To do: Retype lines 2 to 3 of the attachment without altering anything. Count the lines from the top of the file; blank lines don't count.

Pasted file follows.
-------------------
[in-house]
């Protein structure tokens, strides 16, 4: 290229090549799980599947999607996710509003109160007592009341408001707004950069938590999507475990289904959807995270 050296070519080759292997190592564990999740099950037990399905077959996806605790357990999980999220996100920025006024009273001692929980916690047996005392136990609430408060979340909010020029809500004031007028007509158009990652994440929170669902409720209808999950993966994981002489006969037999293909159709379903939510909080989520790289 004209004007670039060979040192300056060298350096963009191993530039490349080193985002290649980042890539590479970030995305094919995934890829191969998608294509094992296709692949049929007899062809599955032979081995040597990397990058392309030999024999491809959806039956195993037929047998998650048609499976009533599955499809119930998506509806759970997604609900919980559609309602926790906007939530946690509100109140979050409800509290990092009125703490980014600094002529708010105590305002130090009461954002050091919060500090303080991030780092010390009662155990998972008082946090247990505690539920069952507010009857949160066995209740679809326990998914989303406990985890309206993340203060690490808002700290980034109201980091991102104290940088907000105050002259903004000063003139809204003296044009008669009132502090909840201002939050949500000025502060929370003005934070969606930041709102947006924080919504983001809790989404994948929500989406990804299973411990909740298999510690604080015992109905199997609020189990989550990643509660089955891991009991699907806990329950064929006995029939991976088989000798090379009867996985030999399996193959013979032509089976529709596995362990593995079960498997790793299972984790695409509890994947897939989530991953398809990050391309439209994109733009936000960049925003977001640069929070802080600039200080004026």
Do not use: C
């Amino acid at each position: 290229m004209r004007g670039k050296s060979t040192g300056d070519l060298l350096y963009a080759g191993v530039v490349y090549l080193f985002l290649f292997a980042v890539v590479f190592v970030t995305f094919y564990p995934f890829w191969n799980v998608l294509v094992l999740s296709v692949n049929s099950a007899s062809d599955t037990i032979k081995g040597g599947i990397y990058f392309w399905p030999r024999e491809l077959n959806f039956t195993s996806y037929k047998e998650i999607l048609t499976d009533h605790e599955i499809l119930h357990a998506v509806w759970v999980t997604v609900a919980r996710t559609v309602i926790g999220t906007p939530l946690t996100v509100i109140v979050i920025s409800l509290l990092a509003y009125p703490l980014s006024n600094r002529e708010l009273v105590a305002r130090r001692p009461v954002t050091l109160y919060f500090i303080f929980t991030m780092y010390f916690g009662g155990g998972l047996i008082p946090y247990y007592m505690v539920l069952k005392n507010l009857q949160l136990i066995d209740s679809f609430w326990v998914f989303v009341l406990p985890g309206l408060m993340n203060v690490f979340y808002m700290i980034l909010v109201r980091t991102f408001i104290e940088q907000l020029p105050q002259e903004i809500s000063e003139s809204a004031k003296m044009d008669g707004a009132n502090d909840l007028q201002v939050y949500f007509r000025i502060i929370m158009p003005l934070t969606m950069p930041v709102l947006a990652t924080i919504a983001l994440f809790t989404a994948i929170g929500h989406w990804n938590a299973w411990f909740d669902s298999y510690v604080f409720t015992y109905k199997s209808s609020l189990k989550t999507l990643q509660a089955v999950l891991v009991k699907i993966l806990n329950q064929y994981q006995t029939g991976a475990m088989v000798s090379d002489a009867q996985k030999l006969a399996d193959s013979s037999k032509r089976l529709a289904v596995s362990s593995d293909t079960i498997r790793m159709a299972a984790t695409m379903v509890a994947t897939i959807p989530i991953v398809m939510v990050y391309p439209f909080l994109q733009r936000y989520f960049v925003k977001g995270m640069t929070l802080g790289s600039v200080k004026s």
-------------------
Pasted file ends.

């Protein structure tokens, strides 16, 4: 290229090549799980599947999607996710509003109160007592009341408001707004950069938590999507475990289904959807995270 050296070519080759292997190592564990999740099950037990399905077959996806605790357990999980999220996100920025006024009273001692929980916690047996005392136990609430408060979340909010020029809500004031007028007509158009990652994440929170669902409720209808999950993966994981002489006969037999293909159709379903939510909080989520790289 004209004007670039060979040192300056060298350096963009191993530039490349080193985002290649980042890539590479970030995305094919995934890829191969998608294509094992296709692949049929007899062809599955032979081995040597990397990058392309030999024999491809959806039956195993037929047998998650048609499976009533599955499809119930998506509806759970997604609900919980559609309602926790906007939530946690509100109140979050409800509290990092009125703490980014600094002529708010105590305002130090009461954002050091919060500090303080991030780092010390009662155990998972008082946090247990505690539920069952507010009857949160066995209740679809326990998914989303406990985890309206993340203060690490808002700290980034109201980091991102104290940088907000105050002259903004000063003139809204003296044009008669009132502090909840201002939050949500000025502060929370003005934070969606930041709102947006924080919504983001809790989404994948929500989406990804299973411990909740298999510690604080015992109905199997609020189990989550990643509660089955891991009991699907806990329950064929006995029939991976088989000798090379009867996985030999399996193959013979032509089976529709596995362990593995079960498997790793299972984790695409509890994947897939989530991953398809990050391309439209994109733009936000960049925003977001640069929070802080600039200080004026």
Do not use: C